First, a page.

Update: Friday, over a week and half after the exams were given the system continues to fail. To say teachers are annoyed and mentally drained would be an understatement. We are not robots and this week of a fiasco, out of our home schools, in am environment where we are treated as nothing more than factory workers, teachers are “sick and tired”. The crowning moment was when we were notified that we were required to report back to the grading centers on Monday. Remember if we were in our home schools doing this the right way, we would be done already a long time ago. We try to remain as objective as possible when grading, but we’re not machines and this deteriorating situation has to be affecting the grades. Usually we use this time of year to clean up our rooms, organize our files, collaborate with our colleagues, and prepare for some of the ridiculous new reforms that seem to make its way to schools every year.

Many of us who have been assigned to reeducation—I mean, grading centers—will miss the most important day of the year, graduation day. We all know the media, politicians (both parties) and corporations have attacked teachers and our unions saying we’re the ones who are anti-children, but truth be told, watching “our kids” graduate is our favorite day of the year. Not allowing us to watch our own student’s graduate, the chance to spend one last moment celebrating with them, is an extreme disappointment for us all who have watched our students grow for the past four years.

The greatest travesty is as class-size continues to increase; after-school programs have been eliminated; arts and music, and many other courses have been reduced; yet millions of dollars are being spent on a flawed system. Where are all the “private sector always does it better” folks now? The grading system is impersonal: read the essay, punch in a score, and move on to the next one. This is supposed to a more accurate, fairer system? We think not. The art of teaching and grading continues to be done away with. Cookie-cutter rubrics, scripted lesson plans, standardized testing, and now computerized grading. Millions of dollars has been siphoned off from our public school children instead it goes to further fill the pockets of Bloomberg’s cronies and their corporations who only look to “monetize” our children

There isn’t anyone, even the most corrupt politician, who wouldn’t agree that this money being wasted on a flawed grading system could not be better utilized by going to our children, where it belongs!

So as exceptional social studies teachers we have learned the key to any great lesson is great questions.

The state law says teachers can’t grade their own students’ exams, why did this mayor feel the need to take it one step further and start this new multi-million dollar system?

Why are charter schools excused from this process?

Can the money being diverted to McGraw-Hill be better used for our children and their schools?

If teachers are being evaluated on these tests, how do we know if we have have improved or not without grading the final test?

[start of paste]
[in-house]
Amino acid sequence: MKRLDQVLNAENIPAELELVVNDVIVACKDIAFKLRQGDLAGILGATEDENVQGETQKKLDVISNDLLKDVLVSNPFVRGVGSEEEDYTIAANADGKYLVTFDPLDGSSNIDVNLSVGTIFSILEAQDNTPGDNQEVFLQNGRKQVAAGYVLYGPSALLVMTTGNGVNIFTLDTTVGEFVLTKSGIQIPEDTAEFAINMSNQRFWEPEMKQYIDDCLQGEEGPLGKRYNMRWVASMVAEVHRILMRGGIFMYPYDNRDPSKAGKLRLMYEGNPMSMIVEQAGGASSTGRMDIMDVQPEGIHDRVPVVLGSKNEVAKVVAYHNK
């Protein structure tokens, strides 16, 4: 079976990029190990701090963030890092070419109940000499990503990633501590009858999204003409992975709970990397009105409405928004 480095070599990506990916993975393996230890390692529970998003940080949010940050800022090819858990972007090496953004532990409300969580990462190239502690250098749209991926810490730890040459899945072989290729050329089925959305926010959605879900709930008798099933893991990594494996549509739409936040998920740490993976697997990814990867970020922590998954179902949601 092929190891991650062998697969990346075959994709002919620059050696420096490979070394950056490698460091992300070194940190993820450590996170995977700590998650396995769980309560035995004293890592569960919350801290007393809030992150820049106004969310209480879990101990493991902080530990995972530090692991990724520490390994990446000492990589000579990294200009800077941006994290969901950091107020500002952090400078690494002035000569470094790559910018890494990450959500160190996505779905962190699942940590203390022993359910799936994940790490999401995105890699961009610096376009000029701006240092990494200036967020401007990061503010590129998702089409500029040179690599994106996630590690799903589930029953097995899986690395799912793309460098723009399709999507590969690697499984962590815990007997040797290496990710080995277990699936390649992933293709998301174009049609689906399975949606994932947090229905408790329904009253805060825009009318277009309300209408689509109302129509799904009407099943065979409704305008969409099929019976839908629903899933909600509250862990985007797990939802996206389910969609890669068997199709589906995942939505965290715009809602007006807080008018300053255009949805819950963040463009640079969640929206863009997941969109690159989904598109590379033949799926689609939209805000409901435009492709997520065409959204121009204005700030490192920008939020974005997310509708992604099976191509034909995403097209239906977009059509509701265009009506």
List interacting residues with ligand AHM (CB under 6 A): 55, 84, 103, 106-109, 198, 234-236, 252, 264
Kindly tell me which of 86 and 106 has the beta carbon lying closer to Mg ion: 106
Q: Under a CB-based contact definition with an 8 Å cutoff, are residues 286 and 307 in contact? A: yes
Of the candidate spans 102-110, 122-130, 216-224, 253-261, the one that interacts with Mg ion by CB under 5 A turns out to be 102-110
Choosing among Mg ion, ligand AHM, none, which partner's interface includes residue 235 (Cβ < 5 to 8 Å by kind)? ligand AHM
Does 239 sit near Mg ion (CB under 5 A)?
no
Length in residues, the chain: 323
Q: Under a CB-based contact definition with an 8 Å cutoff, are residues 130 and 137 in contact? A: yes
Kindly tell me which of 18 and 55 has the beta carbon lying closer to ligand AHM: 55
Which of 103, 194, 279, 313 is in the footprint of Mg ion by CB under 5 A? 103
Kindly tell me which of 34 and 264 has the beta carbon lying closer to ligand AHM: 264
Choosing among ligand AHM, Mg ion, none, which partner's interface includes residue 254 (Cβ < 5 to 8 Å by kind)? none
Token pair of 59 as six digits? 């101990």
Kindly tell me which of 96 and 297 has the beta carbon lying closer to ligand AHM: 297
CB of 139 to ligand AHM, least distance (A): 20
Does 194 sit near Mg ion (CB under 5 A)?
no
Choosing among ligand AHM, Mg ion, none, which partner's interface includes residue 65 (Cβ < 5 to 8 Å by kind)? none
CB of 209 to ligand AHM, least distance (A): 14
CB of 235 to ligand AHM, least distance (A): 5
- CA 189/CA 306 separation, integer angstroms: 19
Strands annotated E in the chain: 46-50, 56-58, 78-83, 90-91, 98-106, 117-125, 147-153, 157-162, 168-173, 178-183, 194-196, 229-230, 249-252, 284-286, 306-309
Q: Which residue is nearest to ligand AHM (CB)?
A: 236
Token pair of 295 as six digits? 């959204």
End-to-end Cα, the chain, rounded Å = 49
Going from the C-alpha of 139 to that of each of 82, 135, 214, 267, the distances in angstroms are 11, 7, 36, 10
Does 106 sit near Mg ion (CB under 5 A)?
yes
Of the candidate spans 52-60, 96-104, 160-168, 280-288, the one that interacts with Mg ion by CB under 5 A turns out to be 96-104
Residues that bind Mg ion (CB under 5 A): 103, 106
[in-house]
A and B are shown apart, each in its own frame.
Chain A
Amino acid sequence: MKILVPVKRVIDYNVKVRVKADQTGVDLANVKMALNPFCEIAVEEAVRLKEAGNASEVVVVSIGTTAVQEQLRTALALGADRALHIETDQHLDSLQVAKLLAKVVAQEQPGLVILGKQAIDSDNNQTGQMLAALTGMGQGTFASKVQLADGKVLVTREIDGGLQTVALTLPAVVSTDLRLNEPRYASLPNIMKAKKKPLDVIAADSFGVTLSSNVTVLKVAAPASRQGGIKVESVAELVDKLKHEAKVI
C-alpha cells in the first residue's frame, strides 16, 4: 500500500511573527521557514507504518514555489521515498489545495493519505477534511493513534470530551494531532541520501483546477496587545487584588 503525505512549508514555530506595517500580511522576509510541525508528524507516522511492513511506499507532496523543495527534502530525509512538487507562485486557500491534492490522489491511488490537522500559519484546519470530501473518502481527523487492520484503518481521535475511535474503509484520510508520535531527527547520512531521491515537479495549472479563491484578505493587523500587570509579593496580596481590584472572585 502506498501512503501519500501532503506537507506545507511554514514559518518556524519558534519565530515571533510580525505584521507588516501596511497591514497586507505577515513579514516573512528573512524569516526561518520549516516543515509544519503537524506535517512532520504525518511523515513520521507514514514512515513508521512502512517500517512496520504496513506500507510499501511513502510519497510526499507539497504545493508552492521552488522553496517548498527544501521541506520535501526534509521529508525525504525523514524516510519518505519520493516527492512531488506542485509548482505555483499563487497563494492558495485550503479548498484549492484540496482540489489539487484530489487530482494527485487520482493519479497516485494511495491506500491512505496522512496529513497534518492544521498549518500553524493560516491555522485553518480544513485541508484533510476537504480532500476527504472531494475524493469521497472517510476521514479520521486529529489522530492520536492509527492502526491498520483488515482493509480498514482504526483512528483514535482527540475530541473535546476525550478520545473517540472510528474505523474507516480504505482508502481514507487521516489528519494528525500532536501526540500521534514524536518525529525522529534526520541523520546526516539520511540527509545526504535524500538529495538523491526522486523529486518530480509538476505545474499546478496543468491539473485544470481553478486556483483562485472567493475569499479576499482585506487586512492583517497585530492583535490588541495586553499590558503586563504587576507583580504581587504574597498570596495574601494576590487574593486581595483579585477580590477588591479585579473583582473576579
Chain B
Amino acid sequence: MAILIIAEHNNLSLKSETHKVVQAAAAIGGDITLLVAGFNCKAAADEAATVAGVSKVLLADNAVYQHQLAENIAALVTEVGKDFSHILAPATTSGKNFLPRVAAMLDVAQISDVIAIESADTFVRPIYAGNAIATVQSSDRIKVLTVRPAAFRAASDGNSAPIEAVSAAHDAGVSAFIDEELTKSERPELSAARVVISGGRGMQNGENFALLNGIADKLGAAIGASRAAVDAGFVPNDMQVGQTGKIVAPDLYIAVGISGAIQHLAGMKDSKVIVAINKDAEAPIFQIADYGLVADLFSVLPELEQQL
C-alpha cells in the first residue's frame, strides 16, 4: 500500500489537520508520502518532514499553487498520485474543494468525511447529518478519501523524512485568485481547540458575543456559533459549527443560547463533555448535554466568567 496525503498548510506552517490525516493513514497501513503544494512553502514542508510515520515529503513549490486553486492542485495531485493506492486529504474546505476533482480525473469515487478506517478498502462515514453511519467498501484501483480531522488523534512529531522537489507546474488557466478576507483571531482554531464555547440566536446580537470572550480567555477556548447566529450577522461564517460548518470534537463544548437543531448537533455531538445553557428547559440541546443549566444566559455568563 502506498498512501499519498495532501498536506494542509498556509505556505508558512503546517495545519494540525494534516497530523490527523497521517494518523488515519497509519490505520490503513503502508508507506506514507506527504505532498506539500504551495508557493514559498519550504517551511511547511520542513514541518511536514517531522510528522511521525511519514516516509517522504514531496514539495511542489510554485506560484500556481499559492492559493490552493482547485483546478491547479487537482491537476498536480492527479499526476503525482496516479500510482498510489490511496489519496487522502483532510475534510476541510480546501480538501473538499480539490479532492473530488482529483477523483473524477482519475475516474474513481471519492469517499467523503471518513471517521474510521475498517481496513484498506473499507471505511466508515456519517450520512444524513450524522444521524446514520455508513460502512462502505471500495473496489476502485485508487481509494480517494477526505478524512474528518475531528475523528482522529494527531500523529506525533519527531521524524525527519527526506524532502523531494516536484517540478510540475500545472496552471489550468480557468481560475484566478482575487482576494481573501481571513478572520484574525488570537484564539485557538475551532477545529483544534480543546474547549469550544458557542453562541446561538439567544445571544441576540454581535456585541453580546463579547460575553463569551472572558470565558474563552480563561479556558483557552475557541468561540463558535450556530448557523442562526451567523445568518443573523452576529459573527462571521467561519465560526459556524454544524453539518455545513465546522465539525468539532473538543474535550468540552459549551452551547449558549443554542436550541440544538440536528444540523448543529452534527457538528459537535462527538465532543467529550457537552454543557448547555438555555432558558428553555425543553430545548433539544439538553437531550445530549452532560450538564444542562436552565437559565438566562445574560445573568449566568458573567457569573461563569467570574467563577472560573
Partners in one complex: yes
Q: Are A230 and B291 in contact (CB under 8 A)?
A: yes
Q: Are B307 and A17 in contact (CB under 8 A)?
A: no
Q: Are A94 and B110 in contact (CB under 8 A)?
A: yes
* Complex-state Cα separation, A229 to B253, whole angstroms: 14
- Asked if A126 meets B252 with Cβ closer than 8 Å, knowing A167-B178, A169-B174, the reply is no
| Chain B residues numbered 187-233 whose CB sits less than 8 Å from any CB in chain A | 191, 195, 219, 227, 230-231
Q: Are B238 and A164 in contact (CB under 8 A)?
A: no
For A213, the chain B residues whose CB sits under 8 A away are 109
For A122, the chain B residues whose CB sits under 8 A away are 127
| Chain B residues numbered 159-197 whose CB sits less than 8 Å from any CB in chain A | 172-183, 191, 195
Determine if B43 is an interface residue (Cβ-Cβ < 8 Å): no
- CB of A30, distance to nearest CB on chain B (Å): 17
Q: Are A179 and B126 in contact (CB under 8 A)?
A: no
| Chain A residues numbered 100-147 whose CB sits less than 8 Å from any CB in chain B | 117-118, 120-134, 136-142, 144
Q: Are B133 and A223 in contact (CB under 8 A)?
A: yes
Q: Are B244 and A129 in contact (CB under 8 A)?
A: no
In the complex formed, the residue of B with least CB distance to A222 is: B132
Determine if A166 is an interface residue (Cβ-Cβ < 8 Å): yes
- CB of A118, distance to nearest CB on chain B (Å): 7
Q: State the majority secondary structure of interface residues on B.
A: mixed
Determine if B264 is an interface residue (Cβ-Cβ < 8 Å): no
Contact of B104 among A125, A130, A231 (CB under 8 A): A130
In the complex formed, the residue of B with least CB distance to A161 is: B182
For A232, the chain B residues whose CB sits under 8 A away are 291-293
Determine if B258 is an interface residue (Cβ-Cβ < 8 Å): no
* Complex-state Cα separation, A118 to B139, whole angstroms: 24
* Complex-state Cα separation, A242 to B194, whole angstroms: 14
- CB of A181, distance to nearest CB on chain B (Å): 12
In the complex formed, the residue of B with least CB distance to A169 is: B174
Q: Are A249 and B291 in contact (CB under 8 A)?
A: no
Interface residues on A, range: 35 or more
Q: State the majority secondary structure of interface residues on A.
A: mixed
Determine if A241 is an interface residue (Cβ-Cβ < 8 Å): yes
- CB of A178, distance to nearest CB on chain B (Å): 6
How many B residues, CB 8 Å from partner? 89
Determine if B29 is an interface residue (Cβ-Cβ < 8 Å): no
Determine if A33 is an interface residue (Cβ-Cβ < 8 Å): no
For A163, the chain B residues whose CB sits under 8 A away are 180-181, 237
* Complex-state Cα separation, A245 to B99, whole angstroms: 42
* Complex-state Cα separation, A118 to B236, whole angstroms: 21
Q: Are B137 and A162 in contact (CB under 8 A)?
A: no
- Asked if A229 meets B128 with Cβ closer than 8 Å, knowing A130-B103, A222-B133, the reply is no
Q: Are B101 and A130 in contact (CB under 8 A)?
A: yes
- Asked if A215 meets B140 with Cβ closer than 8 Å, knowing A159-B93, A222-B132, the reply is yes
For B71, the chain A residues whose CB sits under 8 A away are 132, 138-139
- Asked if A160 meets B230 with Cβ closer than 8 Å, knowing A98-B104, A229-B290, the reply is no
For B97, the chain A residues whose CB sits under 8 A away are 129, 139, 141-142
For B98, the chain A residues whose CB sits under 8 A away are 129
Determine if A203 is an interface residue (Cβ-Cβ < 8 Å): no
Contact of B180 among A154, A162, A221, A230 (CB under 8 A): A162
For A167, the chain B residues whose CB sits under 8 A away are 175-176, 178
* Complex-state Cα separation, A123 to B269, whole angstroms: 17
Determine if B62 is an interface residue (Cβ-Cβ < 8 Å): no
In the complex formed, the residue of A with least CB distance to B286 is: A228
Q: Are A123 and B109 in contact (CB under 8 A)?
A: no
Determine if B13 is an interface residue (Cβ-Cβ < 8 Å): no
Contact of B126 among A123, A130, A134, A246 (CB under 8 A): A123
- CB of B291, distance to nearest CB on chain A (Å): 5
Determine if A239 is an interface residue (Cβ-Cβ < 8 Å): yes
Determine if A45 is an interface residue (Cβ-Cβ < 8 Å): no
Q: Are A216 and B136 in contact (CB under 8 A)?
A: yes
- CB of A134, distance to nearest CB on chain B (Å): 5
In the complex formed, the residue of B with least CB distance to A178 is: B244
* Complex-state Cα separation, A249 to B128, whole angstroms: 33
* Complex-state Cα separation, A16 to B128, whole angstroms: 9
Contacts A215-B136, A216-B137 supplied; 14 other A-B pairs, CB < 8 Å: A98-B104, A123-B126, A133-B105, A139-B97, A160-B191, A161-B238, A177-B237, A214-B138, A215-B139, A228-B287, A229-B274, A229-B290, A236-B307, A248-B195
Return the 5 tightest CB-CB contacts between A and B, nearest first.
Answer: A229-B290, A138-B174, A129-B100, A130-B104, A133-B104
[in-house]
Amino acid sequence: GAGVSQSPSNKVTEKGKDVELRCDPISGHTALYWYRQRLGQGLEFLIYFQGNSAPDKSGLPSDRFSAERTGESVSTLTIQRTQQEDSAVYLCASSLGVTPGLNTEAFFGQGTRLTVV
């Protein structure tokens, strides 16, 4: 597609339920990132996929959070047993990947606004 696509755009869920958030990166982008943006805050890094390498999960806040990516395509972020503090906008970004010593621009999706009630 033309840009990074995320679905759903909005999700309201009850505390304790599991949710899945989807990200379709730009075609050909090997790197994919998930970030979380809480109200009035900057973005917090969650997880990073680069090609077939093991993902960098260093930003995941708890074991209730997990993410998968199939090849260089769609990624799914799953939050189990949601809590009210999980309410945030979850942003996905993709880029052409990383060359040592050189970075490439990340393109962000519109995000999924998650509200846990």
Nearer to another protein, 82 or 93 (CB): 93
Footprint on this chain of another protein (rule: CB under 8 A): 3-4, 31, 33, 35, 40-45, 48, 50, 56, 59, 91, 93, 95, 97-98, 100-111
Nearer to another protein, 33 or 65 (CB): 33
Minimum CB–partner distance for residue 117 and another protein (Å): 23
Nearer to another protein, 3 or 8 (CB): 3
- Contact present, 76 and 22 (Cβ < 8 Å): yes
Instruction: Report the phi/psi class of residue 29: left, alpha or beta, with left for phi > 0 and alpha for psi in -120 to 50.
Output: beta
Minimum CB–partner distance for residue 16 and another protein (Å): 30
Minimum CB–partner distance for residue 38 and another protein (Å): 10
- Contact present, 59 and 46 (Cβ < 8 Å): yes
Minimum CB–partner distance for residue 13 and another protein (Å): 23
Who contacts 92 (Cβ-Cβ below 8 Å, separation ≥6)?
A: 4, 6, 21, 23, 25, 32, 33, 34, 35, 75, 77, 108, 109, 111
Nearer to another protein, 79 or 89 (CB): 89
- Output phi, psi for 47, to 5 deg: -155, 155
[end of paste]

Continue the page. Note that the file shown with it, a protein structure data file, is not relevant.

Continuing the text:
How can we help our children improve if we don’t grade their last exam?

Is standardized grading the right answer to help all our children become “college and career” ready?

Isn’t a teacher who has taught the student better prepared to grade their essays and know if they have developed their skills?

Does the regents exam and the grading rubric take into account the child’s cognitive skills, socio-economic situation, and level of fluency with the English language?

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17 responses to Murphy’s Law and The Regents Grading Fiasco of 2013

  1. 

    “Isn’t a teacher who has taught the student better prepared to grade their essays and know if they have developed their skills?”
    The simple answer is no. The teacher who has taught the student is better prepared to tamper with the results BECAUSE the teacher knows the student and is tempted to add a few points in order to graduate the student, and make himself look effective, too. Same for principals. Of course, this raises the obvious follow-up: If we can’t trust teachers to grade their students’ Regents, why trust them on course grades? If the notoriously non-vigilant DOE dared to investigate the 65 bulge in course grades, another scandal would emerge. Teachers I have surveyed over the past 10 years admit that 10 to 20% of their passes are really failures. They pass students undeservedly to meet principal quotas and to avoid harassment. Anybody disagree?

    • 

      I resent your implication that all or even most teachers are unethical cheats who sacrifice the interests of children to protect themselves. If this were the case all children would pass their classes and state exams. Sure, like all human beings in all professions a small percentage are unethical. But the idea that anybody should strictly adhere to some arbitrary standard of success on arbitrary questions assessed by exceedingly vague rubrics without considering the circumstances of the child, the specifics of what the child was taught and what the child wrote in their answers is ludicrous and in no way serves the best interests of the child. Shame on you!

      • 
        Philip Nobile June 22, 2013 at 4:41 pm